Oversupply Worries in Semiconductor Industry in 2023

The market started worrying about the oversupply in semiconductor 2023, when the demand will start growing again depends on two factors: the situation of the macroeconomy and the inventory status.

Since foundries’ capacity utilization rates started drop in 3Q22, chip supply as a whole has decreased significantly. This, in turn, has helped limit inventory growth across the supply chain. However, the global economy is still at risk of a mild recession, so consumers may allocate more of their spending to daily necessities. They may also spend more on tourism due to easing of the pandemic. This could lead to weak sales for consumer electronic products.

Not to mention that most consumers already purchased the electronic products that they need for working or studying at home during the pandemic. Assuming that the overall inventory level of the supply chain will return to a healthier level, TrendForce believes that chip demand will begin to rebound to a certain extent in 2Q23. Then, the demand growth will become more obvious from 3Q23 onward. Nevertheless, this demand growth may not be too strong due to uncertainties in the global economy.

If we observe the situation from the perspective of the foundry industry, smartphones represent the largest application segment in terms of wafer consumption. The smartphone supply chain started inventory correction earlier, so demand rebound might be more obvious initially for smartphone-related chips compared with chips used in other consumer devices. On the other hand, with different benchmarks, the demand for HPC chips will show more significant growth compared with the demand for smartphone chips.


Heterogeneous Integration Expected to Become Key Part of Packaging Technology Thanks to Development from EDA Companies

Although current semiconductor process technologies have evolved to the 3nm and 5nm nodes, SoC (system on a chip) architecture has yet to be manufactured at these nodes, as memory and RF front-end chiplets are yet to reach sufficient advancements in transistor gate length and data transmission performance. Fortunately, EDA companies are now attempting to leverage heterogeneous integration packaging technologies to link the upstream and downstream semiconductor supply chains as well as various IP cores. Thanks to this effort, advanced packaging technologies, including 2.5D/3D IC and SiP, will likely continue to push the limits of Moore’s Law.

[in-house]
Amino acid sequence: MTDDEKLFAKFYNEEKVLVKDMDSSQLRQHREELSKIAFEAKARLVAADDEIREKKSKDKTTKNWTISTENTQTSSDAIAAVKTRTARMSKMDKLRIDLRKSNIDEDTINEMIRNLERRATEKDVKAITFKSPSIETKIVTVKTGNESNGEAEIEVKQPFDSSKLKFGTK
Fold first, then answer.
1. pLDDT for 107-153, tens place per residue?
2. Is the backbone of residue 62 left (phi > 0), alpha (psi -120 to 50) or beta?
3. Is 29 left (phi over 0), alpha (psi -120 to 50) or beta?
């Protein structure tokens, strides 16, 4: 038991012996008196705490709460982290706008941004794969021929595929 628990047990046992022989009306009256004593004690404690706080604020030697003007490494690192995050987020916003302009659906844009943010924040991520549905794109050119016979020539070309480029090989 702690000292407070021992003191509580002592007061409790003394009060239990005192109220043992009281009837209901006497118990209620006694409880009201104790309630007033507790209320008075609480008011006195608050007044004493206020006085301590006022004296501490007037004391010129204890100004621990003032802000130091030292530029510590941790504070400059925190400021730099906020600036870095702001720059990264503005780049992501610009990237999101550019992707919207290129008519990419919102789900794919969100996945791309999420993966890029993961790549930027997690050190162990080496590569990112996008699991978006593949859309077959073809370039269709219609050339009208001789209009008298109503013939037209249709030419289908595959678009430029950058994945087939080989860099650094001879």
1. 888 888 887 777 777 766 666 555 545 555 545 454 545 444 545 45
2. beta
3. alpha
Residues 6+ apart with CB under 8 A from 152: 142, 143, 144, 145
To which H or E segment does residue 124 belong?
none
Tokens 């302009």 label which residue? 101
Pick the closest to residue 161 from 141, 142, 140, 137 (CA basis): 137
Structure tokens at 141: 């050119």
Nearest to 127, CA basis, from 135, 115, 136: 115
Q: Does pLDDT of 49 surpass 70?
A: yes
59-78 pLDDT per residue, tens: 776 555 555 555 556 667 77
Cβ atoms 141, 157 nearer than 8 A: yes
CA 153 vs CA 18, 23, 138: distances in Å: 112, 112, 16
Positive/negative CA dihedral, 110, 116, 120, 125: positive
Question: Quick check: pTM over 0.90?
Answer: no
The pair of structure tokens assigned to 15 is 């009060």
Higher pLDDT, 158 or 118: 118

While SoC development has encountered bottlenecks, EDA tools are the key to heterogeneous integration packaging

As semiconductor process technologies continue to evolve, the gate length of transistors have also progressed from μm (micrometer) nodes to nm (nanometer) nodes. However, the more advanced process technologies are not suited for manufacturing all semiconductor components, meaning the development of SoC architectures has been limited as a result. For instance, due to physical limitations, memory products such as DRAM and SRAM are mostly manufactured at the 16nm node at the moment. In addition, RF front-end chiplets, such as modems, PA (power amplifiers), and LNA (low noise amplifiers) are also primarily manufactured at the 16nm node or other μm nodes in consideration of their required stability with respect to signal reception/transmission.

On the whole, the aforementioned memory, and other semiconductor components cannot be easily manufactured with the same process technologies as those used for high-end processors (which are manufactured at the 5nm and 3nm nodes, among others). Hence, as the current crop of SoCs is not yet manufactured with advanced processes, EDA companies including Cadence, Synopsys, and Siemens (formerly Mentor) have released their own heterogeneous integration packaging technologies, such as 2.5D/3D IC and SiP (system in package), in order to address the demand for high-end AI, SoC architecture, HPC (high performance computing), and optical communication applications.

EDA companies drive forward heterogeneous integration packaging as core packaging architecture and integrate upstream/downstream supply chain

Although the current crop of high-end semiconductor process technologies is still incapable of integrating such components as memory, RF front-end, and processors through an SoC architecture, as EDA companies continue to adopt heterogeneous integration packaging technology, advanced packaging technologies, including 2.5D/3D IC and SiP, will likely extend the developmental limitations of Moore’s Law.